A study of SAR ADC and implementation of 10-bit asynchronous design

Kardonik, Olga 13 December 2013 (has links)
Successive Approximation Register (SAR) Analog-to-Digital Converters (ADCs) achieve low power consumption due to its simple architecture based on dominant digital content. SAR ADCs do not require an op-amp, so they are advantageous in CMOS technology scaling. The architecture is often the best choice for battery-powered or mobile applications which need medium resolution (8-12 bits), medium speed (10 - 100 MS/s) and require low-power consumption and small form factor. This work studies the architecture in depth, highlighting its main constraints and tradeoffs involving into SAR ADC design. The work researches asynchronous operation of SAR logic and investigates the latest trends for ADC’s analog components – comparator and DAC. 10-bit asynchronous SAR ADC is implemented in CMOS 0.18 µm. Design’s noise and power are presented as a breakdown among components. / text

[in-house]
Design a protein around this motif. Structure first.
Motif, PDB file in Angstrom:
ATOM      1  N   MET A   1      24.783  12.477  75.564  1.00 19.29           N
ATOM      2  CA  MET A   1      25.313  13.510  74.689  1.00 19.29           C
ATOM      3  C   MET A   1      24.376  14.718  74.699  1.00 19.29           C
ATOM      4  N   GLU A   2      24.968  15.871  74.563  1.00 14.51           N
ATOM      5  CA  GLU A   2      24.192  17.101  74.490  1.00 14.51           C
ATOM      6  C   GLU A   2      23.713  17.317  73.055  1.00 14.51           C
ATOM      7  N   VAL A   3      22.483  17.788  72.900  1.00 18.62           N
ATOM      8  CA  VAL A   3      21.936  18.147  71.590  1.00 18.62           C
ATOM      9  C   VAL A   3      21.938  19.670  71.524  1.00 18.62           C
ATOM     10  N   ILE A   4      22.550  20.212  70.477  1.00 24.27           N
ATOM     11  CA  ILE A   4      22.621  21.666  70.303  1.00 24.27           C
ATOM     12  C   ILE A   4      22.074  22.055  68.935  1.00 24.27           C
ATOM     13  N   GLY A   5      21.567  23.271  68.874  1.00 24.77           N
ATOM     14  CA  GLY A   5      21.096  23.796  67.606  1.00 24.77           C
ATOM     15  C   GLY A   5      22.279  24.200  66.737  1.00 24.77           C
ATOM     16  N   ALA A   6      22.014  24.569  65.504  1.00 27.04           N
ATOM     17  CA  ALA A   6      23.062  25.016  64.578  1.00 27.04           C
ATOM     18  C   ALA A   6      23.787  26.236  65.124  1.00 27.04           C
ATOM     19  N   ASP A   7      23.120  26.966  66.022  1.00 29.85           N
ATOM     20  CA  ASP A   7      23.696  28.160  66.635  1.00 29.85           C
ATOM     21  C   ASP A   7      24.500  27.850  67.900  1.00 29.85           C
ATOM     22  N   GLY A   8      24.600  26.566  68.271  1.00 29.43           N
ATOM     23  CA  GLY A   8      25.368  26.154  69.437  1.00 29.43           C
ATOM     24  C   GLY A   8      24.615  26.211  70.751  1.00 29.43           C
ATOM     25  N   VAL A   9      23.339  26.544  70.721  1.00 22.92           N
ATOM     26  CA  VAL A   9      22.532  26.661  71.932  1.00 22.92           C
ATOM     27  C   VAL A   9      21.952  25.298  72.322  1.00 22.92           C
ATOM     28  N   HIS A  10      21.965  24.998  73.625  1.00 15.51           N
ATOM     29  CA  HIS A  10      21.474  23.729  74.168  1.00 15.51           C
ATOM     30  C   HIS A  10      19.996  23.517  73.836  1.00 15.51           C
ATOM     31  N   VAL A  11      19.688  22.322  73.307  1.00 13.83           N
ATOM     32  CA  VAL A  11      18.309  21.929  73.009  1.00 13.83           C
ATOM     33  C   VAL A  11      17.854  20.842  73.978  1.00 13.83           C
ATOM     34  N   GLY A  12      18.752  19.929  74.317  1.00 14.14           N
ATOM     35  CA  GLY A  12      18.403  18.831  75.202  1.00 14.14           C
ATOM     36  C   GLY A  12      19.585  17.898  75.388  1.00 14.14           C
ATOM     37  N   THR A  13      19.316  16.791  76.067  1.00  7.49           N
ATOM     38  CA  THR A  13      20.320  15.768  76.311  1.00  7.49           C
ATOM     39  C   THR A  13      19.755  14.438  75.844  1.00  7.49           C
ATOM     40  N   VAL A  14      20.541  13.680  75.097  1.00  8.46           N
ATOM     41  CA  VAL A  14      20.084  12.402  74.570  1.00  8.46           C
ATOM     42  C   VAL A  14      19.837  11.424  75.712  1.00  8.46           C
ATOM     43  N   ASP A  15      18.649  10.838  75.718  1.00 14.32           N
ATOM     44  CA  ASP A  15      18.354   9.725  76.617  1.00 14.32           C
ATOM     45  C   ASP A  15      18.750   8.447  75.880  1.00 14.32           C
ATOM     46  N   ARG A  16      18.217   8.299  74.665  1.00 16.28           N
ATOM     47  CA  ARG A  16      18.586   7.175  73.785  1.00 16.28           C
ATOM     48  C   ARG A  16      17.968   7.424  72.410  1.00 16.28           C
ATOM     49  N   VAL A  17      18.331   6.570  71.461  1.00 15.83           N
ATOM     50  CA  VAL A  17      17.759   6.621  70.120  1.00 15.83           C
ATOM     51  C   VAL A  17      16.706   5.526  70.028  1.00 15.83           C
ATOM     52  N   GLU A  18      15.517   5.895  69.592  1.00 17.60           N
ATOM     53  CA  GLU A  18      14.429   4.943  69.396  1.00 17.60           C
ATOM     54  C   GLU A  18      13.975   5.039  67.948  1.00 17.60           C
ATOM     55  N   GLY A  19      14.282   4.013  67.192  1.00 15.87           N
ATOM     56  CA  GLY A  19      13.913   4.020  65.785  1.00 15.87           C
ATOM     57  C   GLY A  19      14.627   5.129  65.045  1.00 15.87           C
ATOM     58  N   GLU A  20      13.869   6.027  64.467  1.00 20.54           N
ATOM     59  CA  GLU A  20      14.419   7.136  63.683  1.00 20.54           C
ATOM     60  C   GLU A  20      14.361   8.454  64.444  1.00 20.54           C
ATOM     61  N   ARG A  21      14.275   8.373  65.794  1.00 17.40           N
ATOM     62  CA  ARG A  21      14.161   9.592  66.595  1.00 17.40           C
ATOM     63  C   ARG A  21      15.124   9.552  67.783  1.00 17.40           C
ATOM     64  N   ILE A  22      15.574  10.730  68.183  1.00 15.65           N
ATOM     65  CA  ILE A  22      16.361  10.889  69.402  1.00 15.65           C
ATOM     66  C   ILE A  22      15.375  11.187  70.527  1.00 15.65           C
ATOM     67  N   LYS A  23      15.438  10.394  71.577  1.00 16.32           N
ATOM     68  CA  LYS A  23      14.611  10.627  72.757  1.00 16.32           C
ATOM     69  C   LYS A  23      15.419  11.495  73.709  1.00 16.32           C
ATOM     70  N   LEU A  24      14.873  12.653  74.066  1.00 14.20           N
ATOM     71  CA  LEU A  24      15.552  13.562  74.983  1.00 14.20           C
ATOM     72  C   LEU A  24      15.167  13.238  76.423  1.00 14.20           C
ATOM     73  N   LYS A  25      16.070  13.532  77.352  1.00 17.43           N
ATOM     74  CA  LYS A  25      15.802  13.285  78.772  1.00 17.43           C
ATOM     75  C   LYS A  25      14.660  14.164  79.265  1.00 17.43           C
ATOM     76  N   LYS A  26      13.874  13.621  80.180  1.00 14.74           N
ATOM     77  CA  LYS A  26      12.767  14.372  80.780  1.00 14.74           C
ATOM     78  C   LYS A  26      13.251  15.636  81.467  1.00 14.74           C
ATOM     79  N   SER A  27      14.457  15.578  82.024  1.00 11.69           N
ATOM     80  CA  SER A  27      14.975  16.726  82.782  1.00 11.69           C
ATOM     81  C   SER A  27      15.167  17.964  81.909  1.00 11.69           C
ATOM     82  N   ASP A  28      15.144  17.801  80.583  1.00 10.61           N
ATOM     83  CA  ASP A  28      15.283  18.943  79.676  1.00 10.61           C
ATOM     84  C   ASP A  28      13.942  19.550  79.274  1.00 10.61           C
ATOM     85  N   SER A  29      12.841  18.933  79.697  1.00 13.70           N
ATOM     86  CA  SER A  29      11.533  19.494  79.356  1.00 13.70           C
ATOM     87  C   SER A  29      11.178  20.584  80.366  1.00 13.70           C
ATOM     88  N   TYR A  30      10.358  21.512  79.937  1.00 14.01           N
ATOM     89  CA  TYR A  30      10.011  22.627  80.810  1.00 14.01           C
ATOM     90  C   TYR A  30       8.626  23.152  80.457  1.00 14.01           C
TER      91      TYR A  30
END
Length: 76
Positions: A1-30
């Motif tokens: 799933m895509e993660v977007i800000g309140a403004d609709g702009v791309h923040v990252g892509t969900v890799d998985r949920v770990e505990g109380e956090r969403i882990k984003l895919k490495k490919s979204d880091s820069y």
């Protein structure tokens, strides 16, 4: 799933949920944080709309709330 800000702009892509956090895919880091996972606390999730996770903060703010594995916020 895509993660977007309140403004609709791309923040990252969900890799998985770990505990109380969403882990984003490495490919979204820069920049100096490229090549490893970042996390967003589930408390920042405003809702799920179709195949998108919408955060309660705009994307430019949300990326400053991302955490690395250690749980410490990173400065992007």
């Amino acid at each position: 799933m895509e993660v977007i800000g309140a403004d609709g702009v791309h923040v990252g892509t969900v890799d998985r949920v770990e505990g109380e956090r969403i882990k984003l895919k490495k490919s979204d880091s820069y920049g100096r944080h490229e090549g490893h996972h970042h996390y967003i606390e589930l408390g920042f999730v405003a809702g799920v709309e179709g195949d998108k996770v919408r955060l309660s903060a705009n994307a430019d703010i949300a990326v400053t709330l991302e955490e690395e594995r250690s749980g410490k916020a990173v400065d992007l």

10

A 8-bit 20-MS/s Pipeline ADC and A Low-Power 5-bit 2.4-MS/s Successive Approximation ADC for ZigBee Receivers

Cheng, Kuang-Ting 07 July 2006 (has links)
The first topic of this thesis proposes an 8-bit, 20 MSample/s pipeline analog-to-digital converter (ADC). The sharing amplifiers technique is employed to reduce the overall number of the amplifiers wherein dynamic comparators are adopted to reduce the power consumption. The proposed design is implemented by 0.35 £gm CMOS technology. The simulation results show that maximum power consumption is 45 mW given a 3.3 V power supply, and the SFDR is 45 dB with a sinusoidal input at 5 MHz. The second topic is to describe a 5-bit, 2.4 MSample/s, low power analog-to-digital converter for ZigBee receiver using 868/915 MHz band. The converter uses the successive approximation architecture. By using 0.18 £gm CMOS technology, the simulation results show the worst-case power consumption is merely 449.6 £gW. The converter achieves the maximum differential nonlinearity of 0.3 LSB, the maximum integral nonlinearity of 0.5 LSB.